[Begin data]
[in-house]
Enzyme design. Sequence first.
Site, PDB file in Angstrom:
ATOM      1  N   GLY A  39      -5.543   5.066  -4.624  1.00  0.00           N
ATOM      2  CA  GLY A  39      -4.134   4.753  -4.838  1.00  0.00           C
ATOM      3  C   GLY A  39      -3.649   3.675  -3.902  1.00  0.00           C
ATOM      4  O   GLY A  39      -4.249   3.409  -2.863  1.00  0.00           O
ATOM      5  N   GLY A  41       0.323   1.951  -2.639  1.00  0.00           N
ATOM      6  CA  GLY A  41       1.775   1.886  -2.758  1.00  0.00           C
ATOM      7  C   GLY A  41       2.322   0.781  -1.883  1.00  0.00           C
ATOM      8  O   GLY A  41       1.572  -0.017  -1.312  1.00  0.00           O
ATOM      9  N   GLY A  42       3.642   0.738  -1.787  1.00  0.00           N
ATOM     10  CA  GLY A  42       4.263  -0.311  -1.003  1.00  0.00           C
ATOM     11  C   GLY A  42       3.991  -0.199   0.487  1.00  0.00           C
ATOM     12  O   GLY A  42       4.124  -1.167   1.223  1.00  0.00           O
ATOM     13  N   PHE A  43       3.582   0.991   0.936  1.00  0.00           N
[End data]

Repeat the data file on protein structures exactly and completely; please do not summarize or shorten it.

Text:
[in-house]
Enzyme design. Sequence first.
Site, PDB file in Angstrom:
ATOM      1  N   GLY A  39      -5.543   5.066  -4.624  1.00  0.00           N
ATOM      2  CA  GLY A  39      -4.134   4.753  -4.838  1.00  0.00           C
ATOM      3  C   GLY A  39      -3.649   3.675  -3.902  1.00  0.00           C
ATOM      4  O   GLY A  39      -4.249   3.409  -2.863  1.00  0.00           O
ATOM      5  N   GLY A  41       0.323   1.951  -2.639  1.00  0.00           N
ATOM      6  CA  GLY A  41       1.775   1.886  -2.758  1.00  0.00           C
ATOM      7  C   GLY A  41       2.322   0.781  -1.883  1.00  0.00           C
ATOM      8  O   GLY A  41       1.572  -0.017  -1.312  1.00  0.00           O
ATOM      9  N   GLY A  42       3.642   0.738  -1.787  1.00  0.00           N
ATOM     10  CA  GLY A  42       4.263  -0.311  -1.003  1.00  0.00           C
ATOM     11  C   GLY A  42       3.991  -0.199   0.487  1.00  0.00           C
ATOM     12  O   GLY A  42       4.124  -1.167   1.223  1.00  0.00           O
ATOM     13  N   PHE A  43       3.582   0.991   0.936  1.00  0.00           N